If I want to make a shrimp salad, I put the lettuce and other raw vegetables on the plate, cook the shrimps and put them on the veggies. However, after a minute or so, the lettuce becomes soft, like it's wilting, probably because of the heat.

Is there a way to slow this process down? It's not easy to make a simple salad for multiple persons that looks nice when you deliver it.

I'm pretty sure this also applies to other vegetables and other cooked food. If not, please mention so in your answer.

  • 1
    Shrimp salad is typically served with cold shrimps in a sauce. Though some types of lettuce taste quite nice when gently cooked this way – TFD Jun 8 '12 at 23:21
  • How do you call this then? farm5.staticflickr.com/4064/4521793568_c4a5a79d53_z.jpg – Mien Jun 8 '12 at 23:28
  • Salad with shrimps on top? Are they meant to be served hot? – TFD Jun 9 '12 at 1:25
  • Yes, they are served hot. – Mien Jun 9 '12 at 5:37
  • I've always enjoyed lightly wilted greens. Romaine especially is tasty when lightly cooked - grilled or stir fried. For my breakfast, I often put lettuce in between an english muffin and a fried or poached egg, and enjoy the slightly wilted quality. – Jonathan Jun 10 '12 at 19:19

Wilting in greens is triggered by temperature, pH, and salt content. To reduce wilting, you can cool the vegetables or shrimp, make the vegetables more acidic*, or decrease their salt content.

My suggestion would be to cool the shrimp with an ice water bath or cold running water. This is the most traditional approach for shrimp salad. Alternately, you could apply an acidic dressing before topping, but wait to salt it until the shrimp have cooled to 140F.

Alternately, wilting of vegetables adds a rather interesting variation in flavor or texture to a salad. This technique has been desirable and in vogue at various times.

Why does this all happen?

Plant cells wilt when cooking breaks apart the cellulose-based cell walls, and allows water to escape, causing them to soften. To quote On Food and Cooking (pp 282):

When the tissue reaches 140F/60C, the cell membranes are damaged, the cells lose water and deflate, and the tissue as a whole goes from firm and crisp to limp and flabby.

Acids will impede wilting, because the cell walls are held together with hemicellulose, and it is "not very soluble in an acid environment" (pp 282). Table salt is a problem, because "its sodium ions displace the calcium ions that cross-link and anchor the cement molecules in the fruits and vegetable walls, thus breaking the cross-links and helping dissolve the hemicelluloses" (pp 283). Calcium has the opposite affect, so if you can use hard water or add calcium salts, do so.

*Acidic solutions will reduce green colors(On Food and Cooking, pp 280-281), but preserve texture (282).

  • It is unlikely that many cells will reach 60°C. If it did, the lettuce would taste cooked, not wilted. There is a simpler explanation: warmth speeds up the lettuce's metabolism a lot. It ages many times faster. Also, this accelerated aging is more damaging than a normal aging, because there is not enough oxygen to sustain its accelerated breath rate, and there are no nutrients and water comming from the (now severed) root. It loses water when breathing, but doesn't get any new water, so it loses turgor -> wilts. – rumtscho Jun 13 '12 at 11:28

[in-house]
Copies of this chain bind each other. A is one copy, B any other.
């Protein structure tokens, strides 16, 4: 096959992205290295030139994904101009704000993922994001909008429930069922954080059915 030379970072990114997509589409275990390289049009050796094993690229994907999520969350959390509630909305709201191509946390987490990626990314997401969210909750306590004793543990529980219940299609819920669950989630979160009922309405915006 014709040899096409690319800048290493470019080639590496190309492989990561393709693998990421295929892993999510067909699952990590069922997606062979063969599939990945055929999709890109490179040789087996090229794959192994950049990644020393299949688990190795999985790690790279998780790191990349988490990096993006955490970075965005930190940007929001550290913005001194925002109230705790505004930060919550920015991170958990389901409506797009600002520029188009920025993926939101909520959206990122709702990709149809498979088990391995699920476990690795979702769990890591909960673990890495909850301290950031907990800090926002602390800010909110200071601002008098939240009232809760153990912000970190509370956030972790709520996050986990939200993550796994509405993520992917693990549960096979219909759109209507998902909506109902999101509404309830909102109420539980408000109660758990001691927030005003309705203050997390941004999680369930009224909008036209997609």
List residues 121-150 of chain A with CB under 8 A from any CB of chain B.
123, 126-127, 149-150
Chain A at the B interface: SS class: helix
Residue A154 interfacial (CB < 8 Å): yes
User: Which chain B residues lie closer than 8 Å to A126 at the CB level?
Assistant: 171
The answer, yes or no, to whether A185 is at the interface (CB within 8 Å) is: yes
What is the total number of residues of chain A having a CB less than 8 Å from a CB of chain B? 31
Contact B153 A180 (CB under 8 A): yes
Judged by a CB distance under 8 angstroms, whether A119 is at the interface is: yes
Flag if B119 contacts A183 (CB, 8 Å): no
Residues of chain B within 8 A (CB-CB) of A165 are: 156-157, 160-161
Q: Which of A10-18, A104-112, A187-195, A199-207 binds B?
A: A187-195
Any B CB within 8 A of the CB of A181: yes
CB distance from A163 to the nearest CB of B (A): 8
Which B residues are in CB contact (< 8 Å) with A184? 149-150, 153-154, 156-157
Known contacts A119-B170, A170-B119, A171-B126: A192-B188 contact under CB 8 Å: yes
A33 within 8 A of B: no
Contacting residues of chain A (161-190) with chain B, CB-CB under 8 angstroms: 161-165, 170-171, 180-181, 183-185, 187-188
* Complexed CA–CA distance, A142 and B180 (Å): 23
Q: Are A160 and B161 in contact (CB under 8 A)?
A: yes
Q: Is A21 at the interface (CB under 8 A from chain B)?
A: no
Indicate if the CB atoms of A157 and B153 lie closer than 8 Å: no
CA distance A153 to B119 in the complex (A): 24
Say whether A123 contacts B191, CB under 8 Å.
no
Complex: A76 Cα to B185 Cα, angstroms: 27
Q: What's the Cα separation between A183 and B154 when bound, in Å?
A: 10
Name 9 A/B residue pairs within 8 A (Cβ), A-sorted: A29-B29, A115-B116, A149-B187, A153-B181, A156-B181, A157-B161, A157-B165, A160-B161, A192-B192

• @rumtscho: While I follow your logic, I don't agree. Accelerated aging wouldn't occur in a matter of minutes, however heat transfer from hot shrimps would. Consider if you will: the shrimps will be at nearly 100C, or even hotter on the outside. They are mostly water, by weight, as is lettuce, so specific heats are comparable. The surface layer of greens will be insulated from the rest by air, and the shrimp may outweigh it by 10:1 or so. These are at 20C. Thus, when they reach thermal equilibrium, assuming 90C initial shrimp temp it will be at 83C, causing wilting. – BobMcGee Jun 14 '12 at 15:16
  • @rumtscho: I ran out of characters for comment, but I should conclude by saying that while this is a very rough approximation, it is sufficient to demonstrate the point. The point still holds even if shrimp is only cooked to 150F/63C. Light wilting of greens, like blanching, does not change the flavor greatly, so I don't agree that you'll get a cooked taste to it. Obviously the degree of wilting will depend on how much shrimp you put it the salad, and how hot they are, but even for small amounts it should cause localized heat-based wilting. – BobMcGee Jun 14 '12 at 16:22

Besides BobMcGee's answer, which is quite thorough, one option would be to avoid using lettuce in your salad. For example, you could make a salad of wild rice, and sauteed asparagus and mushrooms. Placing hot shrimps on top won't wilt anything, and you can garnish with sprigs of parsley or other herbs that will remain nice and crisp because they don't have a large surface area in contact with the shrimp.

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